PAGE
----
Du Pré, Jacqueline
|Birthname||Jacqueline Mary du Pré|
|born on||26 January 1945 at 11:30 (= 11:30 AM )|
|Place||Oxford, England, 51n46, 1w15|
|Timezone||GDT h1e (is daylight saving time)|
|Astrology data||06°08' 14°26 Asc. 27°04'|
British musician, a world-class cellist who became a classical music superstar in the 1960s when still in her teens. She was a golden girl whose blonde tresses flew with the exuberance of her performance and whose music moved her listeners to tears from the sheer beauty of her instrument.
Called the greatest soloist produced by Britain in the 20th century, Du Pre was perhaps best known for her brilliant interpretation of the Elgar Cello Concerto in E Minor. She made a chamber music team with violinist Pinchas Zukerman and conductor-pianist Daniel Barenboim and, in 1967, she and Barenboim married. They were a magic couple, both charismatic and joyful, giving the music world glamour and passion.
She and her sister were both musicians, Hilary a flutist who left the stage for marriage and life on a farm. The complex and often troubled relationship between the two sisters is explored in the film "Hilary and Jackie," 1999. A scandal that emerged from the book and film is the 16-month affair that Jackie had with Hilary's husband, condoned by Hilary, during a period when Jackie and her husband were separated. Fans were outraged by having the reputation of their virtuoso sullied, and Barenboim was quoted as saying, "Couldn't they have waited until I'm dead?"
Jackie was a fun-loving young woman with a gift for mimicry. Growing up in London, she could sing in tune by the time she was 18 months old. Though she practiced little, she memorized scores easily and always was a step ahead of her older sister. As a teenager, she studied briefly with Pablo Casals and dazzled concertgoers. When she was 16, a patron gave her the first of her two Stradivarius cellos. By the time she met Barenboim, she was moving in a high stratosphere musical world, one that included such stars as Arthur Rubinstein and Itzhak Perlman.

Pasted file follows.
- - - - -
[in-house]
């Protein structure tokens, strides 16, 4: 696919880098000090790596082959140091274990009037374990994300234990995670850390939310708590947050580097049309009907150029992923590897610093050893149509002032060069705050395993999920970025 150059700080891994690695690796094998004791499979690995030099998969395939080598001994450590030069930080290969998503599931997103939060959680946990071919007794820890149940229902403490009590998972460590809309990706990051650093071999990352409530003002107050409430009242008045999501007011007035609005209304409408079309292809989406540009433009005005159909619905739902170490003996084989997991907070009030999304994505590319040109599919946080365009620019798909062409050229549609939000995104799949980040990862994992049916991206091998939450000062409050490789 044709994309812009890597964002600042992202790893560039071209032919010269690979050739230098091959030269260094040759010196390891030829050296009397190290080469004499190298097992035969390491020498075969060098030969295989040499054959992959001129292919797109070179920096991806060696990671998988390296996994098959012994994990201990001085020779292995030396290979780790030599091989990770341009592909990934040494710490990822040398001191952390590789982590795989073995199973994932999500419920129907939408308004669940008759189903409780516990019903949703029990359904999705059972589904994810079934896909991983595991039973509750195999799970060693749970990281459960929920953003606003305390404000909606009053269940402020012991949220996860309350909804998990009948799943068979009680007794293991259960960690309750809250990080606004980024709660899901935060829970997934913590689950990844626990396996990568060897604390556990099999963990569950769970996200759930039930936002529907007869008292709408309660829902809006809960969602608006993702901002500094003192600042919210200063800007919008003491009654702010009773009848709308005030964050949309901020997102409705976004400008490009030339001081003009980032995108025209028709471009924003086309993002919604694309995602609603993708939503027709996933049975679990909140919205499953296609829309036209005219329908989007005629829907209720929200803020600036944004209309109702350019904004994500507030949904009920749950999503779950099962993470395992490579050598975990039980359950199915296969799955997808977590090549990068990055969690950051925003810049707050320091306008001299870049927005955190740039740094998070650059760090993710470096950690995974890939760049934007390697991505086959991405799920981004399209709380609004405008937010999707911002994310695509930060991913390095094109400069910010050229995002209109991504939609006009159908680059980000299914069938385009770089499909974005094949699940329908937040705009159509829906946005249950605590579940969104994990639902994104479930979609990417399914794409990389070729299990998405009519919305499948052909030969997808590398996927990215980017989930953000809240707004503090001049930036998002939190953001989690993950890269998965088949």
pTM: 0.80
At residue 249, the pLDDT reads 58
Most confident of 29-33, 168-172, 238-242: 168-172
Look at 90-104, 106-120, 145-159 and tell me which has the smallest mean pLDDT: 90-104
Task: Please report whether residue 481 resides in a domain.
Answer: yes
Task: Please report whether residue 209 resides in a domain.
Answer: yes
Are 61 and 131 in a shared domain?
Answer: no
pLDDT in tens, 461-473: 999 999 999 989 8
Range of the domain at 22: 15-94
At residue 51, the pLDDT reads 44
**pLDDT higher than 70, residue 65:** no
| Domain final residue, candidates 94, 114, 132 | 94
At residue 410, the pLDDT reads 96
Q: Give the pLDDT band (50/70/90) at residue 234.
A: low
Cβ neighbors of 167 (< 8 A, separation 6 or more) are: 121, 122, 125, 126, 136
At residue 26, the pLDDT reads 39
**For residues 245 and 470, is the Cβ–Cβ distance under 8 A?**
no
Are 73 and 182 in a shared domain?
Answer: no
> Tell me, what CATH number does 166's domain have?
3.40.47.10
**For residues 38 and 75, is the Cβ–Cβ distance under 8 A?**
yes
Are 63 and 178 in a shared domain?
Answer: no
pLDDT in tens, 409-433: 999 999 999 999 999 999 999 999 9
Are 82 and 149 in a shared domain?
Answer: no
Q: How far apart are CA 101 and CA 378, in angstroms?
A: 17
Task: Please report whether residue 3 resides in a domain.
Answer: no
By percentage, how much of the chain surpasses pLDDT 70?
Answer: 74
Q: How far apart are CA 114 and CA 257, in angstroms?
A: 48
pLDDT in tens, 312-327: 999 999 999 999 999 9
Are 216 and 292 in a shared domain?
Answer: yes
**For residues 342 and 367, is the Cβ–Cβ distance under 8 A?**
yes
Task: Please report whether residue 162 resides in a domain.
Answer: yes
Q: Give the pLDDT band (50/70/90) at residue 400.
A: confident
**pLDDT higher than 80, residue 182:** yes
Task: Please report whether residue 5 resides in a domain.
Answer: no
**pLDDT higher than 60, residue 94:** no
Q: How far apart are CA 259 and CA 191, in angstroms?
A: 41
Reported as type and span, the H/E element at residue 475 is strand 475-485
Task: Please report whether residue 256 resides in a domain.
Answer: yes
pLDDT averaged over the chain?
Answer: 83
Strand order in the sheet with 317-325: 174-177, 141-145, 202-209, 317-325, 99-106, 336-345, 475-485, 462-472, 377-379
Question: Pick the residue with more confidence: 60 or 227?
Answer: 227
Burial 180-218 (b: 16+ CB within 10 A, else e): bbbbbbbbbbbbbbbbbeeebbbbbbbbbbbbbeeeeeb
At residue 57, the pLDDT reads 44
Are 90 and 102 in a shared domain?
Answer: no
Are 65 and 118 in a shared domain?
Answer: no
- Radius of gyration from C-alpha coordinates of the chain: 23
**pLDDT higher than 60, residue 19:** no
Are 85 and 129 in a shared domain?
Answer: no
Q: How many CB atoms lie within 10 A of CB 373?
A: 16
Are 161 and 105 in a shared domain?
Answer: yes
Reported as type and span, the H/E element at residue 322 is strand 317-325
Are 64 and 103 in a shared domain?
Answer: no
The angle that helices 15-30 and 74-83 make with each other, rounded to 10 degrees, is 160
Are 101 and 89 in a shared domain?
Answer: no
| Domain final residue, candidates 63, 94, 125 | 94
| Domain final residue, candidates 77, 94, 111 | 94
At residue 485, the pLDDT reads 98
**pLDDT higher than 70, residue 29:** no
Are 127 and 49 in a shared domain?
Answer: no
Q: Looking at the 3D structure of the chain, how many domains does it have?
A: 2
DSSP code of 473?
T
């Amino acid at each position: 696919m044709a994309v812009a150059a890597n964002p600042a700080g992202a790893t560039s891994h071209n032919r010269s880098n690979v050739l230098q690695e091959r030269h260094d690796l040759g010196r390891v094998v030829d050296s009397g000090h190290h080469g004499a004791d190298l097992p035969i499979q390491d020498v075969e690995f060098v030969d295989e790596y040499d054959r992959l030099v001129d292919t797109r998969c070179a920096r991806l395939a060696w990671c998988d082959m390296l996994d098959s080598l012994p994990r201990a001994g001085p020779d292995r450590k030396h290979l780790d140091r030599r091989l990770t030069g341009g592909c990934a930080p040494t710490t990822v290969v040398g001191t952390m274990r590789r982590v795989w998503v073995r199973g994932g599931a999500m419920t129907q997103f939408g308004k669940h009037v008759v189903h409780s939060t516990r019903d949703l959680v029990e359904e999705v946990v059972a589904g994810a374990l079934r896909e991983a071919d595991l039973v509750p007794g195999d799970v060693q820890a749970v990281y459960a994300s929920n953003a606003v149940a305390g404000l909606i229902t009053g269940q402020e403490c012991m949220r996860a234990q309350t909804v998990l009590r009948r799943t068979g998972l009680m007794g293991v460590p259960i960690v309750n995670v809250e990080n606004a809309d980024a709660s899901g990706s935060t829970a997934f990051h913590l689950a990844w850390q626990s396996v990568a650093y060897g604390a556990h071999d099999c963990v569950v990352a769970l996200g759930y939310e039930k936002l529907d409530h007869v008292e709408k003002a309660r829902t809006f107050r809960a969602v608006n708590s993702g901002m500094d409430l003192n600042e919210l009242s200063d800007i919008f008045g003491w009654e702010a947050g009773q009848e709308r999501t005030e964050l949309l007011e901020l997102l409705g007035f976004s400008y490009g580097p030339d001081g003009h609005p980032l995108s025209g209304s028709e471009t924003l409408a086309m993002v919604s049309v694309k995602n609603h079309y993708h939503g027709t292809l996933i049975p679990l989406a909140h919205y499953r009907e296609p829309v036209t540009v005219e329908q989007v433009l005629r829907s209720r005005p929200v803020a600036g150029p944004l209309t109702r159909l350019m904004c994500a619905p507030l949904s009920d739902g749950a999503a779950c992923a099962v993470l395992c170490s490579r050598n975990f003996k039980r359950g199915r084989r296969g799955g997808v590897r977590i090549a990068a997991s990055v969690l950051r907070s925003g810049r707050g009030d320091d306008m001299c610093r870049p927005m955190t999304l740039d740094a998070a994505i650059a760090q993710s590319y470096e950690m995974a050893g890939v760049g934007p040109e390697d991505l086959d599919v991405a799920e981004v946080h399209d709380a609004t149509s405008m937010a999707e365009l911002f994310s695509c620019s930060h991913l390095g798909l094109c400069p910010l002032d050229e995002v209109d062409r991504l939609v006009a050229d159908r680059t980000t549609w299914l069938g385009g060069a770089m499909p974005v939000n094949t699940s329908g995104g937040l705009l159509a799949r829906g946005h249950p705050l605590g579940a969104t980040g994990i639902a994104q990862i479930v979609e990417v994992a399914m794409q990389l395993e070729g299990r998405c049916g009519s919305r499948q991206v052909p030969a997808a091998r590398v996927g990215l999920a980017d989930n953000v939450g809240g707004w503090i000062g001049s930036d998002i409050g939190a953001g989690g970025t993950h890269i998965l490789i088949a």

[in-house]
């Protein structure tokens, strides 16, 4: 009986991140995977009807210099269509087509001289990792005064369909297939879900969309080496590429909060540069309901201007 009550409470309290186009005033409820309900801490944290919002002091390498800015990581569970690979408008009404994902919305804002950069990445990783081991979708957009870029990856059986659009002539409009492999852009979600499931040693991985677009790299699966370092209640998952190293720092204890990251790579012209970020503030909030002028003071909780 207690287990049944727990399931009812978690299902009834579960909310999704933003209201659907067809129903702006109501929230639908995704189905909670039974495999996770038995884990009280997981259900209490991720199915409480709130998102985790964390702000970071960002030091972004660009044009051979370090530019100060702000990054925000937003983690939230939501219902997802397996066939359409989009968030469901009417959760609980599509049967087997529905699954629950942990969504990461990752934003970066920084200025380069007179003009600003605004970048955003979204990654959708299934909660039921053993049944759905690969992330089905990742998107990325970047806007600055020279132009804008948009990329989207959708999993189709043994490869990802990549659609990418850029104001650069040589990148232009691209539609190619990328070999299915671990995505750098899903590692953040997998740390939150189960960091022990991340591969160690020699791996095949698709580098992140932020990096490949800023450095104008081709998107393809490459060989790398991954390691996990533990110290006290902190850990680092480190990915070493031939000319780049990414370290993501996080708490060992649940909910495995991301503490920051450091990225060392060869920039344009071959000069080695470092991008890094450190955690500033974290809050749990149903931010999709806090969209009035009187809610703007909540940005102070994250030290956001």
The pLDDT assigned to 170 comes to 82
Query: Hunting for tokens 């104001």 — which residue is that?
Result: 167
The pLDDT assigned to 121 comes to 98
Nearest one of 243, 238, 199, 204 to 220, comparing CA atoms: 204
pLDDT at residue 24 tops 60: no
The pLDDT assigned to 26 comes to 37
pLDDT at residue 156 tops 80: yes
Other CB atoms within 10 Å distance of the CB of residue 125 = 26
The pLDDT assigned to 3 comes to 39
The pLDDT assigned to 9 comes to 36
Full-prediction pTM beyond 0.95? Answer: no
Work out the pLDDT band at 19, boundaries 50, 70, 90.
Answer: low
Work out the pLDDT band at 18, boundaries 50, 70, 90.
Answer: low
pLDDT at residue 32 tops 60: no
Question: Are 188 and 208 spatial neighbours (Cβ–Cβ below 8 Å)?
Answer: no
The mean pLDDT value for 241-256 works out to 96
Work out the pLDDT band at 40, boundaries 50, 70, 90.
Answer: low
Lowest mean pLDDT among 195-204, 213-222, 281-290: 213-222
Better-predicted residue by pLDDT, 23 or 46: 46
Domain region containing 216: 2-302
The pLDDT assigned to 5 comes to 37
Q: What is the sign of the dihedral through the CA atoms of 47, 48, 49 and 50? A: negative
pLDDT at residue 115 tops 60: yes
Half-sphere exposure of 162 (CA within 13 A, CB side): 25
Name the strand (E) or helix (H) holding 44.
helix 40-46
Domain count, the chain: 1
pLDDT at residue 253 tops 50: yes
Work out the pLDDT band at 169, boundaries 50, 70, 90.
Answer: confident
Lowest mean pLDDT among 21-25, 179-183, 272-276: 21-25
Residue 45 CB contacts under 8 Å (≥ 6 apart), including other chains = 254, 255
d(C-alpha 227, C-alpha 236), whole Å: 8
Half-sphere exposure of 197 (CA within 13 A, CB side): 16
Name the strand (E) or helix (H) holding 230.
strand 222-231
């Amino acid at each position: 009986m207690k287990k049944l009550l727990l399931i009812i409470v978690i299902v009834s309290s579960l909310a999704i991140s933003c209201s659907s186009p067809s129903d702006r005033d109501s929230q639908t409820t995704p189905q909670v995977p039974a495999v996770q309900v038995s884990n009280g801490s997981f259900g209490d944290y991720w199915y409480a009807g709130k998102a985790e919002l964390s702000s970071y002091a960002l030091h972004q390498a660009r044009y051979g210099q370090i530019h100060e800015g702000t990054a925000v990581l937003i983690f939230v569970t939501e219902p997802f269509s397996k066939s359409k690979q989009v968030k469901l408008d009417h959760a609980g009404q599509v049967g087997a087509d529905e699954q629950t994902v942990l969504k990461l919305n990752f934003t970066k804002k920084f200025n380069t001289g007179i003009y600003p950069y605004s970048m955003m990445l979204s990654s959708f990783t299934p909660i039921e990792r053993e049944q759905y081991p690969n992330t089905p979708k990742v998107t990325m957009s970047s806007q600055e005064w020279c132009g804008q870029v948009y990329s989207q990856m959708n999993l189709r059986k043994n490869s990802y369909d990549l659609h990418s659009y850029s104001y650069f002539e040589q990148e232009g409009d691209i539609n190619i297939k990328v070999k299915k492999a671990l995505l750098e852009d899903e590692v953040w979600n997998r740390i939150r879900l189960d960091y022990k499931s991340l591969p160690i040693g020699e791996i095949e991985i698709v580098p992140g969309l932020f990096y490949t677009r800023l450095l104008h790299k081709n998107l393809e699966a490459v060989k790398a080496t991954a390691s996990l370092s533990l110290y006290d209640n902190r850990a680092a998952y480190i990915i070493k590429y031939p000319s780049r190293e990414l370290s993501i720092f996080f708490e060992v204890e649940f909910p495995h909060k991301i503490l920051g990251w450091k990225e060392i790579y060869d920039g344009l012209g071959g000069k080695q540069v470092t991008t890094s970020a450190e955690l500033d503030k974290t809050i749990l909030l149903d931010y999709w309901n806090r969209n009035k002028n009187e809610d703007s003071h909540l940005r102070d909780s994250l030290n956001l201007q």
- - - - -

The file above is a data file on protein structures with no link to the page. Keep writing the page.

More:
Jackie's career was tragically cut short at 28 when she came down with the degenerative nerve disease, multiple sclerosis. In1973 she began to have spells of dizziness that was finally diagnosed as MS. As the condition ravaged her body and robbed her of the ability to play, she taught master classes as long as she was able. However the disease also brought on profound personality imbalances that created tremendous friction in her family. Barenboim cared for Jackie during her illness, but he also set up a household with another woman and fathered two children during the difficult years.
Du Pre was made an Officer of the Order of the British Empire in 1976.
She died on 10/19/1987, London.
- spouse relationship with Barenboim, Daniel (born 15 November 1942). Notes: Bitter very
- Health : Medical diagnosis 1973 (Diagnosed with M.S.)
David Fisher quotes Elisabeth Canal's letter, data via Howard Sasportas from Du Pre's therapist. Same data in her biography by Hilary and Piers du Pre, "A Genius in the Family."
Elizabeth Wilson, "Jacqueline du Pre."
- Diagnoses : Major Diseases : Multiple Sclerosis (Terminal)
- Family : Relationship : Number of Marriages (One)
- Family : Relationship : Stress - Extramarital affairs (16-month affair with sister's husband)
- Vocation : Education : Teacher (Music)
- Vocation : Entertain/Music : Instrumentalist (Cello)
- Notable : Awards : Other Awards (Officer of the Order of the British Empire)
- Notable : Book Collection : Profiles Of Women